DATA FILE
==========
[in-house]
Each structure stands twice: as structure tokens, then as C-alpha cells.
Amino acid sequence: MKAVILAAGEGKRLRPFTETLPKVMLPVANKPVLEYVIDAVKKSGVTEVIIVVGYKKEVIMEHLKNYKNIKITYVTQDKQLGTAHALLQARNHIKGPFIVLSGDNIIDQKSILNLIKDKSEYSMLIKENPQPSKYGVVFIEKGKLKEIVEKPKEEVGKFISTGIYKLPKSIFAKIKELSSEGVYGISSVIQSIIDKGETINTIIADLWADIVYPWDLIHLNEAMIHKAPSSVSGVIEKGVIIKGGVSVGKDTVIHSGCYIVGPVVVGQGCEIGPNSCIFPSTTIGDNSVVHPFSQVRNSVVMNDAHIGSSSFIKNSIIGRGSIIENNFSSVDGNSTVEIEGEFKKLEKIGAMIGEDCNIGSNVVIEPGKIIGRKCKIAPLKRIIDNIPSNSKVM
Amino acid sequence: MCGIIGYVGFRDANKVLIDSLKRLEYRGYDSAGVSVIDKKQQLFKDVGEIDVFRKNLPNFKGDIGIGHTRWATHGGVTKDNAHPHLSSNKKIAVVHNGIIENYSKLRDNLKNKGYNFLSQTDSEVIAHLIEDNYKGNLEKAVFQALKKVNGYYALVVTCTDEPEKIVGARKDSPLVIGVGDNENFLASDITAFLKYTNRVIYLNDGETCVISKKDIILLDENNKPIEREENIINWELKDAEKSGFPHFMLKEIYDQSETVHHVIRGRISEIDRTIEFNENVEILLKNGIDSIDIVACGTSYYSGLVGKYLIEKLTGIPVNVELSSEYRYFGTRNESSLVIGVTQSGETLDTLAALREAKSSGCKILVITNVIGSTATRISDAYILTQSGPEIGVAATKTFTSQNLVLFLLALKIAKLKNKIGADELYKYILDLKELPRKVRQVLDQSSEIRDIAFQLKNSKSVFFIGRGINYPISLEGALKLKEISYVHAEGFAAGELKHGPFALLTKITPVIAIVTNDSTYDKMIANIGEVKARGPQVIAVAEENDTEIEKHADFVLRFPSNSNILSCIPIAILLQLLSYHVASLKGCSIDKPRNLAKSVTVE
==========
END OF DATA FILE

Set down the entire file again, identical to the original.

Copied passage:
[in-house]
Each structure stands twice: as structure tokens, then as C-alpha cells.
Amino acid sequence: MKAVILAAGEGKRLRPFTETLPKVMLPVANKPVLEYVIDAVKKSGVTEVIIVVGYKKEVIMEHLKNYKNIKITYVTQDKQLGTAHALLQARNHIKGPFIVLSGDNIIDQKSILNLIKDKSEYSMLIKENPQPSKYGVVFIEKGKLKEIVEKPKEEVGKFISTGIYKLPKSIFAKIKELSSEGVYGISSVIQSIIDKGETINTIIADLWADIVYPWDLIHLNEAMIHKAPSSVSGVIEKGVIIKGGVSVGKDTVIHSGCYIVGPVVVGQGCEIGPNSCIFPSTTIGDNSVVHPFSQVRNSVVMNDAHIGSSSFIKNSIIGRGSIIENNFSSVDGNSTVEIEGEFKKLEKIGAMIGEDCNIGSNVVIEPGKIIGRKCKIAPLKRIIDNIPSNSKVM
Amino acid sequence: MCGIIGYVGFRDANKVLIDSLKRLEYRGYDSAGVSVIDKKQQLFKDVGEIDVFRKNLPNFKGDIGIGHTRWATHGGVTKDNAHPHLSSNKKIAVVHNGIIENYSKLRDNLKNKGYNFLSQTDSEVIAHLIEDNYKGNLEKAVFQALKKVNGYYALVVTCTDEPEKIVGARKDSPLVIGVGDNENFLASDITAFLKYTNRVIYLNDGETCVISKKDIILLDENNKPIEREENIINWELKDAEKSGFPHFMLKEIYDQSETVHHVIRGRISEIDRTIEFNENVEILLKNGIDSIDIVACGTSYYSGLVGKYLIEKLTGIPVNVELSSEYRYFGTRNESSLVIGVTQSGETLDTLAALREAKSSGCKILVITNVIGSTATRISDAYILTQSGPEIGVAATKTFTSQNLVLFLLALKIAKLKNKIGADELYKYILDLKELPRKVRQVLDQSSEIRDIAFQLKNSKSVFFIGRGINYPISLEGALKLKEISYVHAEGFAAGELKHGPFALLTKITPVIAIVTNDSTYDKMIANIGEVKARGPQVIAVAEENDTEIEKHADFVLRFPSNSNILSCIPIAILLQLLSYHVASLKGCSIDKPRNLAKSVTVE